Supermountains & The Evolution Boon…
The Himalayas cover a large part of Asia, as the range has some of the planet’s highest peaks, including the highest, Mount Everest. Over 100 peaks, exceeding 7,200mt (or 23,600ft) in elevation lie in the Himalayas, while by contrast, the highest peak outside Asia (Aconcagua, in the Andes) is 6,961mt (or 22,838ft) tall. Meanwhile, researchers at the Australian National University have found evidence that there were peaks and ranges, bigger than the Himalayas, on Planet Earth. They have been termed Supermountains! According to the Australian researchers, Supermountains, nearly four times the length of the present-day Himalayan ranges and formed twice, had played an important role in the formation of the Earth.
An article on the Supermountains has recently been published in the Geological Research journal Earth and Planetary Science Letters, according to which the range of the Supermountains was 8,000km, while the Himalayan range is just 2,300km long. Interestingly, the Supermountains were formed twice in Earth’s history: the first between 2,000 and 1,800 million years ago, and the second between 650 and 500 million years ago.
The researchers have claimed that the formation of Supermountains (twice) was closely linked to the history of Earth’s evolution. Quite a few of rare minerals have been found at the base of these high Supermountains that usually get formed under intense pressure. That is why the researchers believe that different incidents, events and phenomena associated with the evolution of Planet Earth is associated with the rise of those Supermountains.
Ziyi Zhu – a PhD candidate at the Australian National University, and lead author of the paper – has stated that they have no evidence of other Supermountains forming at any stage between these two events. “There is nothing like these two Supermountains today. It’s not just their height – if you can imagine the 2,400km-long Himalayas repeated three or four times, you get an idea of the scale,” he stressed, adding that it makes the lost Supermountains even more significant.
Researchers have further claimed that the Supermountains had played an important role in the evolution of living creatures, too. The Supermountains used to provide oceans with essential substances, like phosphorus and iron, while eroding. It speeded up the biological cycle, apart from making the process of evolution a complicated one. Researchers have stressed that the level of oxygen in the Earth’s atmosphere had increased due to the existence of Supermountains, making it possible for animals and plants to survive. According to researchers, complex lives needed oxygen to breathe. “The early Earth’s atmosphere contained almost no oxygen. Atmospheric oxygen levels are thought to have increased in a series of steps, two of which coincide with the supermountains,” said Zhu. For his part, Co-author Professor Jochen Brocks stressed: “What’s stunning is that the entire record of mountain building through time is so clear. It shows these two huge spikes: one is linked to the emergence of animals and the other to the emergence of complex big cells.“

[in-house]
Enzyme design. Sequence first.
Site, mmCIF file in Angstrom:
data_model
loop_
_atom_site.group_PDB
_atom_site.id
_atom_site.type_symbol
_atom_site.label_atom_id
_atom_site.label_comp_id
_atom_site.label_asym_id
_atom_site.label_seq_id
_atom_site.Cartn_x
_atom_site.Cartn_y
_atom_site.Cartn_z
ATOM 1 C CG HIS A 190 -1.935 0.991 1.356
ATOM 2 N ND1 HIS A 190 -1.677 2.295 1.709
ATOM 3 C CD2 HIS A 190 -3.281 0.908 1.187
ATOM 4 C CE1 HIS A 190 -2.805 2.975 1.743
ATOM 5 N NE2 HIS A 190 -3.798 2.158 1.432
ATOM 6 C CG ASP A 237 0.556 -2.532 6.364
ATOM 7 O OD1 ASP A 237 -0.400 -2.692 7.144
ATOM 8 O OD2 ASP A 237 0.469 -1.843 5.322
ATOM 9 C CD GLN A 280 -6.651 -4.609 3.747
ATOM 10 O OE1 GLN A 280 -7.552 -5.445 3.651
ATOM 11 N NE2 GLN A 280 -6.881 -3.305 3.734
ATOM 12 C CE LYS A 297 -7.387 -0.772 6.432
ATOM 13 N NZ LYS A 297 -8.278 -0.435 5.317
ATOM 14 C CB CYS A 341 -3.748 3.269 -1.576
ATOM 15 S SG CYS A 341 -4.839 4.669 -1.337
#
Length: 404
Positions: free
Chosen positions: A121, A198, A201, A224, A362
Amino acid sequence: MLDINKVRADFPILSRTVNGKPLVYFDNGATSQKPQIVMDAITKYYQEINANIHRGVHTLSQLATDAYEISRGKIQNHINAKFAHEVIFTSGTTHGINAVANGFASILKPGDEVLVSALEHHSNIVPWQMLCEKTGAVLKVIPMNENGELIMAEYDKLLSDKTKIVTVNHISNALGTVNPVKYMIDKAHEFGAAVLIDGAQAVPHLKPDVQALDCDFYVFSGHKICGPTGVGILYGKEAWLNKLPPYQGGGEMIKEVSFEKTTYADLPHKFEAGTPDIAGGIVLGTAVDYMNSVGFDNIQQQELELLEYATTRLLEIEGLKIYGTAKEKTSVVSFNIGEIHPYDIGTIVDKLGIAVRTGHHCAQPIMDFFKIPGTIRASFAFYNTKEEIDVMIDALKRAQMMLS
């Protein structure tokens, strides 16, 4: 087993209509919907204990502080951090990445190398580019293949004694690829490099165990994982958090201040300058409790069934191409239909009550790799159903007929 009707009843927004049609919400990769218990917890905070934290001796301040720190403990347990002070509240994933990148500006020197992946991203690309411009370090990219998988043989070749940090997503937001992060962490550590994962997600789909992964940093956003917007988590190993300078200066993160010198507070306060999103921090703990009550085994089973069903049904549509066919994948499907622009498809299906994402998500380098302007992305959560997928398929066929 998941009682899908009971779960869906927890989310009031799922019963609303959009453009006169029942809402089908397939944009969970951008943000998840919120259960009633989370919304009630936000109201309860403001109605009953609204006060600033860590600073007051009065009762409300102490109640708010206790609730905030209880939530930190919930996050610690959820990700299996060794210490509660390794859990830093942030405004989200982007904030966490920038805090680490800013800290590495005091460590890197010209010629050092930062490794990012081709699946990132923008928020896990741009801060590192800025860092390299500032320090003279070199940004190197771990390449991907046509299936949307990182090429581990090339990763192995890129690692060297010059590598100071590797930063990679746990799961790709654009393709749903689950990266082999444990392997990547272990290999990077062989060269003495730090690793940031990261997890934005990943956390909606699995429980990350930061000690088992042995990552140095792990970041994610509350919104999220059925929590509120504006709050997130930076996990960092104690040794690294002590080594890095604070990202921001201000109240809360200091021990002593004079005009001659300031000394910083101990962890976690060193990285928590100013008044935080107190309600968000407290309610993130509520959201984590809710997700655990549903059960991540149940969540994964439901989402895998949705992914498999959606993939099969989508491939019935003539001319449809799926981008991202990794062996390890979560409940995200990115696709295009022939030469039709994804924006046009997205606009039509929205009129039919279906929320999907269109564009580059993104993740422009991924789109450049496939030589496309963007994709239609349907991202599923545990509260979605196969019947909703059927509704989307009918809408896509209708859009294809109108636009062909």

While the first Supermountain is being called Nuna Supermountain, the second one is being called Transgondwanan Supermountain. According to Zhu, the first Supermountain coincided with the appearance of eukaryotes, organisms that later gave birth to plants and animals. He further said that the Transgondwanan Supermountain coincided with the appearance of the first large animals and the Cambrian explosion 45 million years later, when most animal groups appeared in the fossil record.
Meanwhile, researchers have attributed a decrease in evolution rate on the planet between 1,800 and 800 million years to the absence of these Supermountains, calling this period the Boring Billion. The article stated: “The slowing of evolution is attributed to the absence of Supermountains during that period, reducing the supply of nutrients to the oceans.” The new discovery has shed light on the evolution of Earth and living creatures.
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